Saturday morning dawned muggy, quiet and solemn in Charlottesville as members of the University of Virginia community came together to reflect upon the violent white supremacist demonstrations at UVA and in Charlottesville one year ago.
UVA students, faculty members, staff, alumni and Charlottesville-area community leaders gathered in Old Cabell Hall for “The Hope that Summons Us: A Morning of Reflection and Renewal.” The free, ticketed event, also streamed live to thousands, included remarks by University President James E. Ryan, choral performances and poetry readings, followed by a communal breakfast for attendees.
In his address, “The Imperfect Pursuit of High Ideals,” Ryan urged the University and the wider community to address gaps between its highest aspirations and its reality.
“This question of how we live our values is also the question that has opened up newly vibrant conversations about the University’s past, and conversations about the University’s relationship with the surrounding communities of Charlottesville and Albemarle County,” he said.
The morning began with a moment of silence, a hush falling over the crowd in the large auditorium as they honored those hurt or killed in last year’s violence, including 32-year-old Heather Heyer, whose mother Susan Bro was in the audience, and state troopers H. Jay Cullen and Berke M.M. Bates. Across Grounds, the bells of University Chapel tolled in remembrance.
Saturday was, as the Honorable John Charles Thomas told the audience in his opening remarks, a morning of both grief and hope. Thomas, the first African-American appointed to the Supreme Court of Virginia and the youngest person ever to sit on the court, earned both his undergraduate and law degrees at UVA.
“We gather here today because we are sure that light will conquer darkness, that understanding is more curative than bigotry, that love is stronger than hate, that hope will lead us to a better day,” Thomas said. “Without hope we lose our determination to build a joyful future, but with hope we are inspired to embrace our differences and with hope we are motivated to uplift humanity… Thus, hope gives us the courage to stand up against evil, and so it is that we join together this morning to contemplate the hope that summons us.”
Saturday was also, Ryan said in his remarks, a time to recognize “the gaps that still exist between our aspirations and our everyday realities.”
Ryan took the stage after choral performances by members of the Oratorio Society of Virginia, the University Singers and the Zion Union Baptist Church Adult Choir, as well as a poetry reading – “This Poem is Not About Facebook” – by Valencia Robin, who earned her Master of Fine Arts degree from UVA in May, and a reading, in eight languages, of Coretta Scott King’s quote, “The greatness of a community is most accurately measured by the compassionate actions of its members.”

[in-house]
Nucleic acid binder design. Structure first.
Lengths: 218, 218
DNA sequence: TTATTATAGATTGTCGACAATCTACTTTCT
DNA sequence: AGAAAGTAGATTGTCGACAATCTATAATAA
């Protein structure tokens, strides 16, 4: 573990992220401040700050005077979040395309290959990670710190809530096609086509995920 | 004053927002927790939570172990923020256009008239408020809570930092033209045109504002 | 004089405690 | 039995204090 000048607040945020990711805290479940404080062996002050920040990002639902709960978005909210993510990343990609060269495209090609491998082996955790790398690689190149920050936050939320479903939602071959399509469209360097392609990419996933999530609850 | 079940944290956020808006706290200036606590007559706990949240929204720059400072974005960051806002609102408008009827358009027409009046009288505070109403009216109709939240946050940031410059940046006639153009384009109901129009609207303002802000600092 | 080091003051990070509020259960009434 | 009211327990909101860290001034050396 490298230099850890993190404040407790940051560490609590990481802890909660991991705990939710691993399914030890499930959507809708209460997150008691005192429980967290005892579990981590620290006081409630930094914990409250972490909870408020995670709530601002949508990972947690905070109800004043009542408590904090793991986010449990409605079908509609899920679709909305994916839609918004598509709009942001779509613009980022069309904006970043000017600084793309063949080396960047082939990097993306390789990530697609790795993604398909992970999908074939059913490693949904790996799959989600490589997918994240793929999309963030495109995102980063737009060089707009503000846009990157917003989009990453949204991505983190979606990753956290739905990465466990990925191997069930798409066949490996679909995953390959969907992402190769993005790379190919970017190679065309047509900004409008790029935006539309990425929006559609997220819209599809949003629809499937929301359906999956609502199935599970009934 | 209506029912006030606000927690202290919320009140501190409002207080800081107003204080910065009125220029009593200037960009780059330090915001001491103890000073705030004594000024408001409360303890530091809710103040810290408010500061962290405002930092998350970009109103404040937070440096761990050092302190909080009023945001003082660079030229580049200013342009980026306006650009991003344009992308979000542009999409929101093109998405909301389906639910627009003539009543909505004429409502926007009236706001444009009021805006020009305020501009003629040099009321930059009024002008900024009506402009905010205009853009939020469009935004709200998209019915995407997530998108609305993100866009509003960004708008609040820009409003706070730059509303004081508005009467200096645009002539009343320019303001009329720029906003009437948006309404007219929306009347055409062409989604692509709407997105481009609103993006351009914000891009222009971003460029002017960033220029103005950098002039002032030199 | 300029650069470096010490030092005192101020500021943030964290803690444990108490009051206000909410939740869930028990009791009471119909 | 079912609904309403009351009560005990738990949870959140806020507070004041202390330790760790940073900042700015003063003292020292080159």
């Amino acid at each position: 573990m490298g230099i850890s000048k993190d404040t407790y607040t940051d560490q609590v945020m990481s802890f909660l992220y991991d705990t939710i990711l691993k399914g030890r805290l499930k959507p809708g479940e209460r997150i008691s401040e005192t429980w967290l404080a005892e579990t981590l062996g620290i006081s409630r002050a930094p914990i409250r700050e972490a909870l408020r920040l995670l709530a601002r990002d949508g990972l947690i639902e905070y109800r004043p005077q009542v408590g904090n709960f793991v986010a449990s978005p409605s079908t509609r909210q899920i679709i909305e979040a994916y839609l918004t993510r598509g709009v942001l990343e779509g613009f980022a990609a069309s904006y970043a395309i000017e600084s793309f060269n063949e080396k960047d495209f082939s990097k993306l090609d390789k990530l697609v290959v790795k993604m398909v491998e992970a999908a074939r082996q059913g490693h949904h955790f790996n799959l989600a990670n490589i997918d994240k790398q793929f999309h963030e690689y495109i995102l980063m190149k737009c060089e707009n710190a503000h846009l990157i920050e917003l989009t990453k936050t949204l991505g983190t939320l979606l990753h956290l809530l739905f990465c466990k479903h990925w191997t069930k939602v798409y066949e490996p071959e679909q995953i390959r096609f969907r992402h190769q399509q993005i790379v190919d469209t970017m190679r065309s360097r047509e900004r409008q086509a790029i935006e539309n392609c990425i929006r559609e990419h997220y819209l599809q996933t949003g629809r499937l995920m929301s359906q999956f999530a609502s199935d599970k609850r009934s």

The new president focused his speech on closing the gap between ideals long cherished as a core part of the University – diversity, tolerance, civility, equity and inclusion, to name a few – with the harsh realities that last year’s marches exposed in the community and the nation.
“Our professed and cherished ideals as a community were confronted with the grim and horrific reminder that everyday realities are sometimes quite different,” Ryan said. “To wrestle with that difference, to come to grips with the gaps that still exist between our aspirations and our everyday realities, is indeed what being an American is about. It is also, importantly, what being a member of this community is about, or should be.”
Acknowledging those gaps means celebrating the many UVA alumni who have played important roles in creating a more just and equitable world, Ryan said, citing Thomas, former NAACP Legal Defense Fund leader Elaine Jones, fellow School of Law graduate Robert Kennedy, and many others.
“The university today is a much different place than it was 200 years ago; it is a much different place than it was 65 years ago, when black students were excluded, or 50 years ago when women were excluded and, to my eyes, a different place than it was even five years ago, when I was last here as a faculty member,” Ryan said. “And we are a university that should be proud to have graduated innumerable alumni who have dedicated their lives to advancing our values and to advancing racial, social, and economic justice.”
However, he continued, it is also important to acknowledge far less illustrious parts of the University’s past and present.
“This is also the university, we should acknowledge, if we have the courage to be candid and open to self-examination, that graduated two of the organizers of last year’s hateful march,” he said. “To be part of this community – be an honest and courageous member of this community – we have to recognize that there is still a gap between our aspirations and realities.”
Ryan also acknowledged the counterprotesters who were surrounded by torch-bearing marchers in front of Thomas Jefferson’s statue on Grounds last August.
“We do nothing more than recognize our common humanity to say to those who were attacked around the statue last year: I am sorry. We are sorry,” he said.
Ryan ended his remarks with his hope that the University would constantly seek to close that gap and continue pursue its ideas courageously, while acknowledging that there will inevitably be obstacles and mistakes along the way.
Doing so, he said, is the best hope we have.
“I believe with every fiber of my being that the pursuit of high ideals, even if carried out imperfectly, is our only chance,” he said. “And I believe that is what universities, and ours in particular, should be all about.”